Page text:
Nintendo profits freefall as iPhone cuts into portable game sales

Posted:
in iPhone edited January 2014
Japanese game maker Nintendo's profits were cut in half, as sales of its portable Nintendo DS system continue to feel the impact of the iPhone and iPod touch.



Nintendo's profits fell from 133 billion yen a year prior to 64 billion yen , or $709 million, last quarter. Those losses, in part, were attributed to increased competition, including Apple's iPhone.



"Nintendo's portable game machine, the DS, also faces increasing competition from Apple Inc's iPhone, which has become a popular platform for handheld games," Reuters noted.



To combat declining interest in its Nintendo DS platform, the company announced it intends to launch a new form factor for the hardware in Japan in November. The Nintendo DSi LL will feature 93 percent larger 4.2-inch dual screens and will carry a $222 price tag.



As Apple continues to gain ground in the portable gaming space, the Wall Street Journal also suggested that the Cupertino, Calif., company could enter the console business and compete with the Nintendo Wii, Microsoft Xbox 360 and Sony Playstation 3. While that rumor has persisted for years, it has yet to prove accurate.



For years now, Apple has pitched its iPod touch as a portable gaming machine, dubbing it "The funnest iPod ever." The latest upgrade to the hardware includes the ability to run Open GL ES 2.0, with up to 50 percent faster performance.



When the upgraded iPod touch was unveiled in September, Apple highlighted a number of high-profile upcoming game releases from franchises that were established on competitors' hardware, including Assassin's Creed and Madden NFL. While many of the early successful iPhone and iPod touch games came from small-time developers, big-name content creators like Electronic Arts, id Software and Konami began flocking to the platform this year.



Apple also boasted in September that, at that moment, the iPhone OS had 21,179 game and entertainment titles available, compared to 3,680 for the Nintendo DS and 607 for the Sony PSP. One of the strengths of the iPhone and iPod touch is the number of budget-priced titles available for the platform. Comparatively, most games for the Nintendo DS and Sony PSP cost between $25 and $40.
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Comments

  • Reply 1 of 204
    quadra 610quadra 610 Posts: 6,743member
    The iPod and iPhone now rule handhelds.



    http://www.neowin.net/news/gamers/09...si-ll-revealed



    Hey Nintendo, 2002 called, and they wan't their handheld back.
  • Reply 2 of 204
    To me it seems unlikely that iPhone or iPod Touch had that much of a significant impact on Nintendo's portable sales. Another example of Apple cheer-leading by AI.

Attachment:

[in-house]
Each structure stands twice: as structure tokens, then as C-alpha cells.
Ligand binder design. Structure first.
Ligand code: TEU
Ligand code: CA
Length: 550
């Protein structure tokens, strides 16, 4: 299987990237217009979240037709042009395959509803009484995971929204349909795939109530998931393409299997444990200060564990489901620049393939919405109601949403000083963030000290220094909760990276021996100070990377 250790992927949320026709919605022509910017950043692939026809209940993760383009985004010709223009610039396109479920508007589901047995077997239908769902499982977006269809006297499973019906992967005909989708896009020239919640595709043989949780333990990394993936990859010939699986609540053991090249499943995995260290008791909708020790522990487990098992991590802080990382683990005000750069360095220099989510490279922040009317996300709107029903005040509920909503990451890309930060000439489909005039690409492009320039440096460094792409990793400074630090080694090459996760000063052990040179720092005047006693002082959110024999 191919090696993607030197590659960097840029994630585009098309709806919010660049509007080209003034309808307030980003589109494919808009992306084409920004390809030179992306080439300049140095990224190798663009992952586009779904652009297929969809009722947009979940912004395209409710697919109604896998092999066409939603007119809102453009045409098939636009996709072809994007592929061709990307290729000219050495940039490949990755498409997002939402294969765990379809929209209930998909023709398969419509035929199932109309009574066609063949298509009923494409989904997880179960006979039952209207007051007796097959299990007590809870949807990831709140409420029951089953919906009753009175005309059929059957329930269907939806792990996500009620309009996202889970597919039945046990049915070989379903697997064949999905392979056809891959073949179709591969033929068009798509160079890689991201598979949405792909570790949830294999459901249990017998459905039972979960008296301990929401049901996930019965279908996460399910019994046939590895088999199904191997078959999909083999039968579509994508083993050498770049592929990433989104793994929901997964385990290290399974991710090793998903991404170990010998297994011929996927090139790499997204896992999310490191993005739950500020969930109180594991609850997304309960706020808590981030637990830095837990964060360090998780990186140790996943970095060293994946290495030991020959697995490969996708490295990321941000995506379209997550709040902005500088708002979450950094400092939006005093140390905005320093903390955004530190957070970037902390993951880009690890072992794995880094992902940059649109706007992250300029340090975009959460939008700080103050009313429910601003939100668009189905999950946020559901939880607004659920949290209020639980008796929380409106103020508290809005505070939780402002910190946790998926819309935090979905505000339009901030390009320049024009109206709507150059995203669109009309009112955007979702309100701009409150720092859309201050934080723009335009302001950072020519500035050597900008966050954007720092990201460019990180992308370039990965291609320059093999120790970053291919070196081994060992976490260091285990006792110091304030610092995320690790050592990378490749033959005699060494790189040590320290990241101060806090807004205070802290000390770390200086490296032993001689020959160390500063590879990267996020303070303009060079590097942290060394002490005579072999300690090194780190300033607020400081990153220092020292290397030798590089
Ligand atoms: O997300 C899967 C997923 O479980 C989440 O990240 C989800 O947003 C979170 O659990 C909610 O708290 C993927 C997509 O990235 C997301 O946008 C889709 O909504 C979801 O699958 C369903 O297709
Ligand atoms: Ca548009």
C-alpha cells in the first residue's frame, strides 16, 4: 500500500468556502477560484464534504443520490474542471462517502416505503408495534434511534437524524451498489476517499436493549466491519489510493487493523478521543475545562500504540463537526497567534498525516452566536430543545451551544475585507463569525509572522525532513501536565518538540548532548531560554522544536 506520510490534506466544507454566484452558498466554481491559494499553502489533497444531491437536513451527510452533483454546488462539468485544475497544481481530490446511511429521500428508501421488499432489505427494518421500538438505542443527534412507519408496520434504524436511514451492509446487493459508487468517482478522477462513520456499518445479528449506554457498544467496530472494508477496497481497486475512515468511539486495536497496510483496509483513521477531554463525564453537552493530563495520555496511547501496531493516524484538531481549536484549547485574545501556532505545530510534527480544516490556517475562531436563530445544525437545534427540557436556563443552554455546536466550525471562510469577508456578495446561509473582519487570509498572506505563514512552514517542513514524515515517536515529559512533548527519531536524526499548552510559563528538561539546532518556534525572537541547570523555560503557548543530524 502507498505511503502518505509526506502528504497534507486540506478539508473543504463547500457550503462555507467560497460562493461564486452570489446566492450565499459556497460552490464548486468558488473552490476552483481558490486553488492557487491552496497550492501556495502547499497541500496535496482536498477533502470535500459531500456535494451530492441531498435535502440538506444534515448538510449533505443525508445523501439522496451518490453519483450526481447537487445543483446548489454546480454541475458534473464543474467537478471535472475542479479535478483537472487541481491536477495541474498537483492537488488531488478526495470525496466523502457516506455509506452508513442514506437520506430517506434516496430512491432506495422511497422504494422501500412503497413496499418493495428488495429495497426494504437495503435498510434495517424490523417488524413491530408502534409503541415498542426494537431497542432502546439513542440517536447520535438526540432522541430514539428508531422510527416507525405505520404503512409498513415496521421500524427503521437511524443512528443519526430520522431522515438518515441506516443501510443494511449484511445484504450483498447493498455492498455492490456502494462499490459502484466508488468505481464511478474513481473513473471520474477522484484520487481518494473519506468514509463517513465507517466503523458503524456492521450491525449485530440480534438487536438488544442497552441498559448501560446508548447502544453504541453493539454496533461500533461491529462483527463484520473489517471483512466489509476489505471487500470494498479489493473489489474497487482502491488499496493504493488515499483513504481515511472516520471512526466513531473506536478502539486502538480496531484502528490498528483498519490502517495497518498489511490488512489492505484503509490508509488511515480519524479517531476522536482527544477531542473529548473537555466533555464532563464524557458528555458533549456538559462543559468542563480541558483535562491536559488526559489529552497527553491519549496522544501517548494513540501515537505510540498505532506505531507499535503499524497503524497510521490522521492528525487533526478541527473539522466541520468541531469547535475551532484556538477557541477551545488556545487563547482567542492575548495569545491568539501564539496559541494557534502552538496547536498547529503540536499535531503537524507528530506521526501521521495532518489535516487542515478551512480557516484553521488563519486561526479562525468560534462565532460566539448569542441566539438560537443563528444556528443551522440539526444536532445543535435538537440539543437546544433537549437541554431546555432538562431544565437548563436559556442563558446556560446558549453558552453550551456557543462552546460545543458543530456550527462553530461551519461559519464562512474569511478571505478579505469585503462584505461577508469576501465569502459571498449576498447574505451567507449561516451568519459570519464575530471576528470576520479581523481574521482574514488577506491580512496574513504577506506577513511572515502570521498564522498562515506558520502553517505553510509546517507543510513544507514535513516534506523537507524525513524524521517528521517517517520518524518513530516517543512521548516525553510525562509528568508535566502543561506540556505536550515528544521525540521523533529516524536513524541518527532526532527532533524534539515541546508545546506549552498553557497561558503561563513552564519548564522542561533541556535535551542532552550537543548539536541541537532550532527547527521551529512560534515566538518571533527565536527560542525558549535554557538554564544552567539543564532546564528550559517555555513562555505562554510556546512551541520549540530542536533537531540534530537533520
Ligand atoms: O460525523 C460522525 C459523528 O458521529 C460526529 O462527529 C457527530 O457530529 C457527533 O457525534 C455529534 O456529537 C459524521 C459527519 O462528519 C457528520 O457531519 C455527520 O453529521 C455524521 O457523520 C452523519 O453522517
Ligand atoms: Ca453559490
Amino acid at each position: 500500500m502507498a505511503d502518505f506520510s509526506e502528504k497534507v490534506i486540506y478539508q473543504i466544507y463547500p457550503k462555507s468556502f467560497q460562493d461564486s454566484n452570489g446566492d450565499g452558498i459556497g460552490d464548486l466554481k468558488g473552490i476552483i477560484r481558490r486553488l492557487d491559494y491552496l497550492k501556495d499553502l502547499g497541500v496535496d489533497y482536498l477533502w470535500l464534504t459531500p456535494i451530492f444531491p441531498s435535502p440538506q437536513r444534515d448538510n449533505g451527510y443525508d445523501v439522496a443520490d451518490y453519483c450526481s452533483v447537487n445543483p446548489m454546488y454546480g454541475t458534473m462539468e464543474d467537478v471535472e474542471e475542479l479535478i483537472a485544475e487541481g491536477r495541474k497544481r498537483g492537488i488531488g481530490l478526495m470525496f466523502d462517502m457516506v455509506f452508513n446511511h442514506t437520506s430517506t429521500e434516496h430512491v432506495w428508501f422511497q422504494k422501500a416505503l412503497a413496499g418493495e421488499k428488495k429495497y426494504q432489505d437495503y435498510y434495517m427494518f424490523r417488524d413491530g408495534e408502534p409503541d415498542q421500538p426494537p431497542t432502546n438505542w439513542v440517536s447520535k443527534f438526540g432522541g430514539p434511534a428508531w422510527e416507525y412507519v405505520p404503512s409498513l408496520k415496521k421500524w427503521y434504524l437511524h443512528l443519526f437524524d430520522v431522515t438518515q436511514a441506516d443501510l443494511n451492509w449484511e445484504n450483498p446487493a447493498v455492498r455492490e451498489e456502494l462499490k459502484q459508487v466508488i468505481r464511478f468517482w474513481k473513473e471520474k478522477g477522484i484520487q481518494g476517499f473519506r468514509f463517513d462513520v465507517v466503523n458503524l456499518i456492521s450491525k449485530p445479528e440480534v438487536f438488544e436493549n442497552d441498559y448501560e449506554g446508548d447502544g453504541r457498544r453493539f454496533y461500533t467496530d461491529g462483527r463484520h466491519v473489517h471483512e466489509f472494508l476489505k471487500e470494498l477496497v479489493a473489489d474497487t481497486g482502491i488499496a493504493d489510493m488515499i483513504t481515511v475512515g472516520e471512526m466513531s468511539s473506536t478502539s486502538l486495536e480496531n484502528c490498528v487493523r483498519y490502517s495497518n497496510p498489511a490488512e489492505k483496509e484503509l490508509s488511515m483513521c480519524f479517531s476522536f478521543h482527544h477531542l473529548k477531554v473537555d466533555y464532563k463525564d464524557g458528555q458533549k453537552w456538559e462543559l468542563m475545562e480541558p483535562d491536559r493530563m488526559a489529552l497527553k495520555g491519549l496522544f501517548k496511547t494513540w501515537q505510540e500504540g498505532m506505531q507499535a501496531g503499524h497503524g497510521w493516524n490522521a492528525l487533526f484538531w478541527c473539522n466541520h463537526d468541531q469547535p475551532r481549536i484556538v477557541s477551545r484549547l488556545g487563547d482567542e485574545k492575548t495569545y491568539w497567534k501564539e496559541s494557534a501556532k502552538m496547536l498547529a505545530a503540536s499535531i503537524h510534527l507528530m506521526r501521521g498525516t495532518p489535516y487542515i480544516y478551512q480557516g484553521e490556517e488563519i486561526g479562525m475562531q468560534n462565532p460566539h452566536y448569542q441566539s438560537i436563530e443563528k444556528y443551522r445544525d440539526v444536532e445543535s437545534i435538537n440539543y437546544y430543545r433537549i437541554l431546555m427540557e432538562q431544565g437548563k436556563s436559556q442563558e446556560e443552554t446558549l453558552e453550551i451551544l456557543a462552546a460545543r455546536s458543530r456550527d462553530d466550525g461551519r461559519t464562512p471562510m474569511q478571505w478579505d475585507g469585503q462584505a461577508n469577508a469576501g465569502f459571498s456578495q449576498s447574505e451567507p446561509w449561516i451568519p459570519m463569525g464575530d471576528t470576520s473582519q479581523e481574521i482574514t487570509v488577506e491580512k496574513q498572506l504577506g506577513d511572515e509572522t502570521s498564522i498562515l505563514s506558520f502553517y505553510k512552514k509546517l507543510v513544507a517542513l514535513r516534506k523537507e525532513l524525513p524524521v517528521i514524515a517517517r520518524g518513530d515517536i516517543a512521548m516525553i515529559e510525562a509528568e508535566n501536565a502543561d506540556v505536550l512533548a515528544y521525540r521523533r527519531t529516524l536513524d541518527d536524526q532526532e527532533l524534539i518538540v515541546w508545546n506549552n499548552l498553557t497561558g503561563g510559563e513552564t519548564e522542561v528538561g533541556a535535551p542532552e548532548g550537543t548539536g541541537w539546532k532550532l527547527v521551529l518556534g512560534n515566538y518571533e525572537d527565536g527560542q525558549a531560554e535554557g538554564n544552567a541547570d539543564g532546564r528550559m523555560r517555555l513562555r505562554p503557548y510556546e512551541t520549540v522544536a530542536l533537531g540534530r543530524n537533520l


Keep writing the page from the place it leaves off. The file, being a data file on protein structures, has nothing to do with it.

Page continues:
What does seem likely is that we are 1) in a recession 2) somewhat stale hardware 3) everybody and their brother already has a Ds. Sure some impact from the touch, but I have yet to any kid dropping the Ds for the games on the Touch.



    I've even asked my 9-yr old about the Touch, and he said it was too hard to control compared his Ds or PSP.



    Thoughts?
  • Reply 3 of 204
    icarbonicarbon Posts: 196member
    Hey, when is Apple going to set up a built-in iphone emulator into OSX so that I can play various silly games on my computer (use the mouse or trackpad as interface)?



    it just seems like a good way to get EA and everyone else happily developing games for mac...
  • Reply 4 of 204
    solipsismsolipsism Posts: 25,726member
    Ouch! That is about 20% worse than I predicted for Nintendo. Unless Nintendo builds a competitive PMP into their handheld gaming device and/or the next "must have" game I have to wonder if this DSi LL will also be a failure.
  • Reply 5 of 204
    Quote:
    Originally Posted by travisc77 View Post


    To me it seems unlikely that iPhone or iPod Touch had that much of a significant impact on Nintendo's portable sales. Another example of Apple cheer-leading by AI.



    What does seem likely is that we are 1) in a recession 2) somewhat stale hardware 3) everybody and their brother already has a Ds. Sure some impact from the touch, but I have yet to any kid dropping the Ds for the games on the Touch.



    I've even asked my 9-yr old about the Touch, and he said it was too hard to control compared his Ds or PSP.



    Thoughts?



    I agree with ou there.
  • Reply 6 of 204
    solipsismsolipsism Posts: 25,726member
    Quote:
    Originally Posted by travisc77 View Post


    I've even asked my 9-yr old about the Touch, and he said it was too hard to control compared his Ds or PSP.



    I?ve seen young kids be able to use my iPhone and learn to navigate the pages to find games and go back using the Home Screen astonishing quick, but the lack of a D-Pad can make it less than ideal for the way games have been designed for 30 years now. Now that v3.0 has allowed for 30-pin connector access I expected to see some D-pads on the market for the holidays. Actually, I?m surprised I?m not seeing more accessories on the market for the Touch and iPhone.
  • Reply 7 of 204
    Quote:
    Originally Posted by travisc77 View Post


    Another example of Apple cheer-leading by AI.....Thoughts?



    Yeah. Your point being?
  • Reply 8 of 204
    Quote:
    Originally Posted by solipsism View Post


    Actually, I?m surprised I?m not seeing more accessories on the market for the Touch and iPhone.



    Wasn't that long ago Apple opened it up, my suspicions are that the next few months will see a deluge of accessories.
  • Reply 9 of 204
    Quote:
    Originally Posted by solipsism View Post


    Actually, I?m surprised I?m not seeing more accessories on the market for the Touch and iPhone.